The Third Antichrist
Review by Felix on November 6, 2019.
I guess we all know that some statements are simply true. Sweden is a fascinating country. Loudmouth Zlatan Ibrahimovic has scored the goal of the century against England. In sharp contrast to their compatriots of In Flames, Necrophobic have never released a bad album.
The Third Antichrist is made for those who enjoy mature death / black metal. Necrophobic's trademark, the combination of profound musicality and sinister brutality, builds the fundament of all songs. From my point of view, the black metal elements prevail. Or to express it differently, typical death metal modules are conspicuous by their absence. Tobias Sidegård does not growl in the most incomprehensible way and the guitars are not focused on the deepest tones. Of course, this does not mean that Sidegård sounds like a prima donna. His vigorous voice delivers an admirable dose of vileness. Additionally, the guitars also do not lack of penetrating power. The organic, powerful mix presents the guitars almost optimally. Sharpness and vehemence are well balanced. In a nutshell, the sound has everything that it needs to draw the black metal hordes on its side. The Third Antichrist provides a sinister and dense experience without presenting overly insane sequences. Death / black metal lunatics from South American should take this work with a grain of salt.
But even if one does not originate from Colombia or Brazil, the output does not border on perfection. It holds good songs without exception, but I miss two or three absolute highlights. There can be no doubt that the mid-paced "Into Armageddon" scores with its flattening guitar work. It is also out of question that "Eye of the Storm" grows malignantly. Its high-speed parts, the rather steadfast verses and the dark melodies of the chorus form a strong unit. "The Unhallowed" is a rapid eruption which sends its deadly arrows from the gateways to hell. Indeed, these three examples may give you an idea that Necrophobic do not disappoint the supporters of the very dark arts. Yet the last iota of brilliance is missing. Anyway, The Third Antichrist works as a whole and you will not be tempted to press the skip button. The album has more substance than its good yet slightly skinny predecessor and its omnipresent atmosphere of unholy darkness is probably its greatest advantage.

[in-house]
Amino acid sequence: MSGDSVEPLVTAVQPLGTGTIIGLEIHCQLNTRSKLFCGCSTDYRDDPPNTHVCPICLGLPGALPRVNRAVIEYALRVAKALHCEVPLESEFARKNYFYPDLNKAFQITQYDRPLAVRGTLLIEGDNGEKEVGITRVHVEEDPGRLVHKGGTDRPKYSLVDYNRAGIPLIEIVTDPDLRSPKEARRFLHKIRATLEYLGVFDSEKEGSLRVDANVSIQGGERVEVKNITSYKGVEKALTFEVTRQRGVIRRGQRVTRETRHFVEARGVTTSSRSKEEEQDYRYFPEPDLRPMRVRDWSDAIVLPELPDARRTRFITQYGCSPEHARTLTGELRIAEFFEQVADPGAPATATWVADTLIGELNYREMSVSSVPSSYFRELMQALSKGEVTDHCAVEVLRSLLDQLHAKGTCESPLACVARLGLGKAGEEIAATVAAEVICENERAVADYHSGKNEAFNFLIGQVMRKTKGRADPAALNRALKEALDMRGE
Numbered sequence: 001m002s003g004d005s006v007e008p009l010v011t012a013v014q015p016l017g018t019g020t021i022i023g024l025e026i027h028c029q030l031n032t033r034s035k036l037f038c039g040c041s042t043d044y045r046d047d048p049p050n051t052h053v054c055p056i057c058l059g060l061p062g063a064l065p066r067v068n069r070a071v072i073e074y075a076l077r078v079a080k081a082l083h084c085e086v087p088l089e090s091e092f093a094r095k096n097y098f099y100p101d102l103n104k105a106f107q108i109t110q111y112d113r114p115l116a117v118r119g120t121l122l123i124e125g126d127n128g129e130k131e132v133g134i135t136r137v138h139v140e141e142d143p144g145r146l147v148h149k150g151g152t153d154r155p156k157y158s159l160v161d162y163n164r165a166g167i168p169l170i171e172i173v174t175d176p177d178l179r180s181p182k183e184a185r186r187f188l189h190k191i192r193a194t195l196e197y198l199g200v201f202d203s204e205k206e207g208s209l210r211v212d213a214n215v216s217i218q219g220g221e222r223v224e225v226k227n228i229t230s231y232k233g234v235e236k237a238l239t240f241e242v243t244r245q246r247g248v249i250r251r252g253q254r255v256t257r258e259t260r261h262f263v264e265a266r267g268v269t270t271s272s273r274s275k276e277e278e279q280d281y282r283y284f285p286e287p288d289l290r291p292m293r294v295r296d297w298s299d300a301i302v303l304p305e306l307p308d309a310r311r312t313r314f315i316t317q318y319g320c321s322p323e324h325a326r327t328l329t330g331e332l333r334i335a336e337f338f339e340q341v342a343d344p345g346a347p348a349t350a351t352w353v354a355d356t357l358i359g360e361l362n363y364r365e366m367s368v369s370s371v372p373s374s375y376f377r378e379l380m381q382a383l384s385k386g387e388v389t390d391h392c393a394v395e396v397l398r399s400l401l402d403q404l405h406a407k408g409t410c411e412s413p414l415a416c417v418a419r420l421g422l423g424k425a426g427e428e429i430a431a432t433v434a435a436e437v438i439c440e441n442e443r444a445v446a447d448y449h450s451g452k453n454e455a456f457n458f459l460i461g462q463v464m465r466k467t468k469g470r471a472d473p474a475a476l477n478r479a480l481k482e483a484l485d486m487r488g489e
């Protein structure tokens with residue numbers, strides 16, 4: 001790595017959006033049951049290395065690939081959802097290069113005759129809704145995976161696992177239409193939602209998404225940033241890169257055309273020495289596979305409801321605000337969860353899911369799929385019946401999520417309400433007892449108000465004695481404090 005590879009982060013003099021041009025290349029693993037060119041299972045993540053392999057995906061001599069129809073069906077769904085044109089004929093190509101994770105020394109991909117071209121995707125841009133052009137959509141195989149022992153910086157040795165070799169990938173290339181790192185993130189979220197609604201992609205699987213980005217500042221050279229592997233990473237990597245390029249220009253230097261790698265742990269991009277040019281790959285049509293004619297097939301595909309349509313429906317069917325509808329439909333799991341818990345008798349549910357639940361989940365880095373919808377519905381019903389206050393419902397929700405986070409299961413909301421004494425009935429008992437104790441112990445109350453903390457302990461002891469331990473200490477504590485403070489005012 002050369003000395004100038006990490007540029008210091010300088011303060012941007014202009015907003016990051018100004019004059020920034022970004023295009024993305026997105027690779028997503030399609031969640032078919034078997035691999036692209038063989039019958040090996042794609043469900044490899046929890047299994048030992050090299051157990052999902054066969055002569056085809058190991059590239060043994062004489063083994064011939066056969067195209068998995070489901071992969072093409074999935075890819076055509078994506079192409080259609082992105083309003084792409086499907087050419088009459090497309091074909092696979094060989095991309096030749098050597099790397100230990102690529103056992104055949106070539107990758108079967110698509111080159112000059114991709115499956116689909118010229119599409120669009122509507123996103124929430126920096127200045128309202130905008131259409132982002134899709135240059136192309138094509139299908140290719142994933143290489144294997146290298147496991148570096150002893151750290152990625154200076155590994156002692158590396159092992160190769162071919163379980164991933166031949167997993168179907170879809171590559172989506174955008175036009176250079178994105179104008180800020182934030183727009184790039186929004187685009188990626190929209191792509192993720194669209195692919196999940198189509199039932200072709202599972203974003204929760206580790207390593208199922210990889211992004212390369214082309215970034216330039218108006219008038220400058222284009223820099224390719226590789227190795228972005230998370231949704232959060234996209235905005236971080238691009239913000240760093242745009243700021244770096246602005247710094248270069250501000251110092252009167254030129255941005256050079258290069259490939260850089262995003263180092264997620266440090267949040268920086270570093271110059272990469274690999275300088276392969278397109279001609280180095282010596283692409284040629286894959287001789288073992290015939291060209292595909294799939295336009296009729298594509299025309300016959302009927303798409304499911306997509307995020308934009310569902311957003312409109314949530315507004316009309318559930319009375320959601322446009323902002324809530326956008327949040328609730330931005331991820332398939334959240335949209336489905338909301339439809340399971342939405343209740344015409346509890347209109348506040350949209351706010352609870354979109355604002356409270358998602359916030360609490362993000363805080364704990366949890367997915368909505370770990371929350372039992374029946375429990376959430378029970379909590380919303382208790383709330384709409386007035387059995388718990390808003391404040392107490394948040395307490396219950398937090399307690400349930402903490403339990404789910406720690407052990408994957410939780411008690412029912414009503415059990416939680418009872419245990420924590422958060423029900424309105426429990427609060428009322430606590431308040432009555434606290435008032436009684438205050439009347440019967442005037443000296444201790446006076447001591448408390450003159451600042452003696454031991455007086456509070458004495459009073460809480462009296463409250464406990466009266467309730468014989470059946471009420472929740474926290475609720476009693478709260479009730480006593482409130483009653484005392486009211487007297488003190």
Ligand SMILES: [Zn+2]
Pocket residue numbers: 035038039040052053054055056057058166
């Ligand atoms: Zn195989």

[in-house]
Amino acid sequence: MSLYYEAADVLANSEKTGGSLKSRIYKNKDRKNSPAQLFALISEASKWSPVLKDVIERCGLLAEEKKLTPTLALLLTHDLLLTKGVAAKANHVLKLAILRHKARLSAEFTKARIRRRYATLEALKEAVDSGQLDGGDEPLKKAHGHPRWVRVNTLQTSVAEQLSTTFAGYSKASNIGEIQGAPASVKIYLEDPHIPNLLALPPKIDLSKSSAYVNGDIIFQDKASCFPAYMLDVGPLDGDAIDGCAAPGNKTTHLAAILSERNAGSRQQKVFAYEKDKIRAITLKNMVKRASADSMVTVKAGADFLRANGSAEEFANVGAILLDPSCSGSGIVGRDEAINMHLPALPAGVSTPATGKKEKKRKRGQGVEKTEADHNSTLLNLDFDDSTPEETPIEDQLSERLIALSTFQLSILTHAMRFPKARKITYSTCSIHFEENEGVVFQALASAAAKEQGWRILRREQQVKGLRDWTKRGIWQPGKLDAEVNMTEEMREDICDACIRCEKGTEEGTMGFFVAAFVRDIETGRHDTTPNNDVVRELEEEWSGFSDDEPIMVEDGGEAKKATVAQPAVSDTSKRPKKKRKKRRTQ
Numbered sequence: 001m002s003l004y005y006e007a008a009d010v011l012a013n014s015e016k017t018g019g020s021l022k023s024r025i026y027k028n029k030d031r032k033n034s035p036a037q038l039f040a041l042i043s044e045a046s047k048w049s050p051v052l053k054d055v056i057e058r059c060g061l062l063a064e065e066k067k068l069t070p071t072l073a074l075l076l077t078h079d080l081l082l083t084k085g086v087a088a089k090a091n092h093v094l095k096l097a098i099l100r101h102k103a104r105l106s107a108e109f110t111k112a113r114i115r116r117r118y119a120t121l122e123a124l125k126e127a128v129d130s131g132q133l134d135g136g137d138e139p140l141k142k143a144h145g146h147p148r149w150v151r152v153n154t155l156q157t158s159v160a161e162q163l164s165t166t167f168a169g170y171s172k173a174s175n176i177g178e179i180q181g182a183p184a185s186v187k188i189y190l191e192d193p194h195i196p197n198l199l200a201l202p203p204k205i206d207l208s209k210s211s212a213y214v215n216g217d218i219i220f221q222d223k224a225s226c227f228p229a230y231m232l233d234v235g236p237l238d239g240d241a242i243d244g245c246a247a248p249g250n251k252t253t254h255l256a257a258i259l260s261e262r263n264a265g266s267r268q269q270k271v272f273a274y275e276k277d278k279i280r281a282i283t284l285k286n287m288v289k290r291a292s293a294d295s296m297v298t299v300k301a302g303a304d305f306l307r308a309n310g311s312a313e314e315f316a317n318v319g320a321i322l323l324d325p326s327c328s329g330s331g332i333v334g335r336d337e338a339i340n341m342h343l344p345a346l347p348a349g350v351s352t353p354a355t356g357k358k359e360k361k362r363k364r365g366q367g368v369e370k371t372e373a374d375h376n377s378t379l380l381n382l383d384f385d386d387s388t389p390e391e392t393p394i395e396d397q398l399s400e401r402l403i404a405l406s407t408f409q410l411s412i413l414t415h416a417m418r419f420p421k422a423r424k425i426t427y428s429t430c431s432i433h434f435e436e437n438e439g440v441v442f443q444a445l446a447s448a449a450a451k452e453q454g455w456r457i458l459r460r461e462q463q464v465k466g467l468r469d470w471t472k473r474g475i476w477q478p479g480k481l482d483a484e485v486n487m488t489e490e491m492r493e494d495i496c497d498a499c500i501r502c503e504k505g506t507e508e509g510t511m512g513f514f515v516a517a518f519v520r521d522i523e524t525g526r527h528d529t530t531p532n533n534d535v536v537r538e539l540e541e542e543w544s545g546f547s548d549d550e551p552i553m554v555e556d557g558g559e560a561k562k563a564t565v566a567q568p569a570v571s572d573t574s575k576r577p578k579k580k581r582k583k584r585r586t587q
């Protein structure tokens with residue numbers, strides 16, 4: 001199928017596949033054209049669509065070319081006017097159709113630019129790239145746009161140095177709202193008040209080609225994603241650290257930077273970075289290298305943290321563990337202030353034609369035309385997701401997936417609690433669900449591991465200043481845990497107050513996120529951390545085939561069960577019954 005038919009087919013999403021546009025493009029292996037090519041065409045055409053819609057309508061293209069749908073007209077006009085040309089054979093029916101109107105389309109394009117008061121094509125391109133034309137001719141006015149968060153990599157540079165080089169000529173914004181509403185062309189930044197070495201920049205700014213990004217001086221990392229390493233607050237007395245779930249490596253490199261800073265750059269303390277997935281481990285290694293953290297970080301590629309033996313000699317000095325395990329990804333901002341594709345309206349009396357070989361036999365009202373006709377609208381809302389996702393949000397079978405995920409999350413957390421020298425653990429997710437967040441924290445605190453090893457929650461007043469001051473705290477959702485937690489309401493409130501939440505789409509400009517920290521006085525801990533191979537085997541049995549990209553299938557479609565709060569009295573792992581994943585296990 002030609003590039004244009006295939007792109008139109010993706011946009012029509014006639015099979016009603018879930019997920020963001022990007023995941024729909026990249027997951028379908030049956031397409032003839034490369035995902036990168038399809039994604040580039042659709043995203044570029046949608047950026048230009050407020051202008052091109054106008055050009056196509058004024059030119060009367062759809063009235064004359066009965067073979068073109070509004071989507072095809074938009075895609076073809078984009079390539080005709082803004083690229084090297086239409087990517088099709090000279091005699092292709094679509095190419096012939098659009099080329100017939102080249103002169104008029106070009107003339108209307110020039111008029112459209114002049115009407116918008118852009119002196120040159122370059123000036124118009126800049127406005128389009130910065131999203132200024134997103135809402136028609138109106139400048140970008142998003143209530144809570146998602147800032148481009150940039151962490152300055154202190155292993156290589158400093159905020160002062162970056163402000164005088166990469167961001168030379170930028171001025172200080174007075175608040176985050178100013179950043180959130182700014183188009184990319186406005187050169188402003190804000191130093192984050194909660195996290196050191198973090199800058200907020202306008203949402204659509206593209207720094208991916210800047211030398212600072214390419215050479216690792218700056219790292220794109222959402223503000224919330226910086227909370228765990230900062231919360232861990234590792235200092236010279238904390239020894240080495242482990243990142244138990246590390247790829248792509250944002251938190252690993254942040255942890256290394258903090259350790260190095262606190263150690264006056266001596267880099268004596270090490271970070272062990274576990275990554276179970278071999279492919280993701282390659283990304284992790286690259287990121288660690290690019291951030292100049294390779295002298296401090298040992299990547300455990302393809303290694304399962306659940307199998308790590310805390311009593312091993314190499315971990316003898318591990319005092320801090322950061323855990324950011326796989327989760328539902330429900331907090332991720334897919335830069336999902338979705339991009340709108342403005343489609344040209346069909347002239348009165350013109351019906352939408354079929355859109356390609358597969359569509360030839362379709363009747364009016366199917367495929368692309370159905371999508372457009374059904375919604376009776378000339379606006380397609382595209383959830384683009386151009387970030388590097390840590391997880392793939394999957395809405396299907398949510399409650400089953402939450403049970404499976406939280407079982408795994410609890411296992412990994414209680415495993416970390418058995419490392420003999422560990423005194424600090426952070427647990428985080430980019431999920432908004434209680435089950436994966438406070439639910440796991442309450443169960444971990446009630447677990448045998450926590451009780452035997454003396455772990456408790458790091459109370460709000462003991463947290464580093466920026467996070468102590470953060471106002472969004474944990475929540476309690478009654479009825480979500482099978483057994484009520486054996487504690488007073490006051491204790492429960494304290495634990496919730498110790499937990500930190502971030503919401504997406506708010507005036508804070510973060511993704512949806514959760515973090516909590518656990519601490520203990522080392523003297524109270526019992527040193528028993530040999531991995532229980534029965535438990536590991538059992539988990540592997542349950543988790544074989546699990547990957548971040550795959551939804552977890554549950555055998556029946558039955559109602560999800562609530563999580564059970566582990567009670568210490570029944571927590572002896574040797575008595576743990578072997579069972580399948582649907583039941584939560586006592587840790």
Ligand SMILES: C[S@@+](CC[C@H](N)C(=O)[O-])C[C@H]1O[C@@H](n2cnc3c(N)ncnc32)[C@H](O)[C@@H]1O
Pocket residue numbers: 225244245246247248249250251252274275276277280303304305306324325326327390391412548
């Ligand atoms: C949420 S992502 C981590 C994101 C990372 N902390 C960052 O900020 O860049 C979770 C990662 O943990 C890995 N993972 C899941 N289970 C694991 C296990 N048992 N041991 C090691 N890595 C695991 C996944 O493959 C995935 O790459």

In view of the homogeneous song material, one cannot say that the album is filled to the brim with surprising twists and turns. Yet each and every song holds an adequate number of breaks and tempo changes. The musicians are definitely not interested in primitiveness and any form of sloppiness. Instead, they have a knack for the right mix of fairly melodic sections and misanthropic outbursts. This cocktail tastes well and its aroma holds on until some very rapid guitars shape the beginning of "Demonic", the last regular songs. This tune summarizes the strengths of the band for the final time. A worthy ending, if we forget the overlong outro for a moment. So, let's come to the end. All in all, this album is free from major flaws and Necrophobic's potential can only be denied by ignorant fools (aka diehard In Flames fans). Nevertheless, model students are condemned to deliver outstanding results. I definitely recommend this album, but it is rather (very) strong than absolutely outstanding, at least in comparison with Zlatan's goal against England.
Rating: 8 out of 10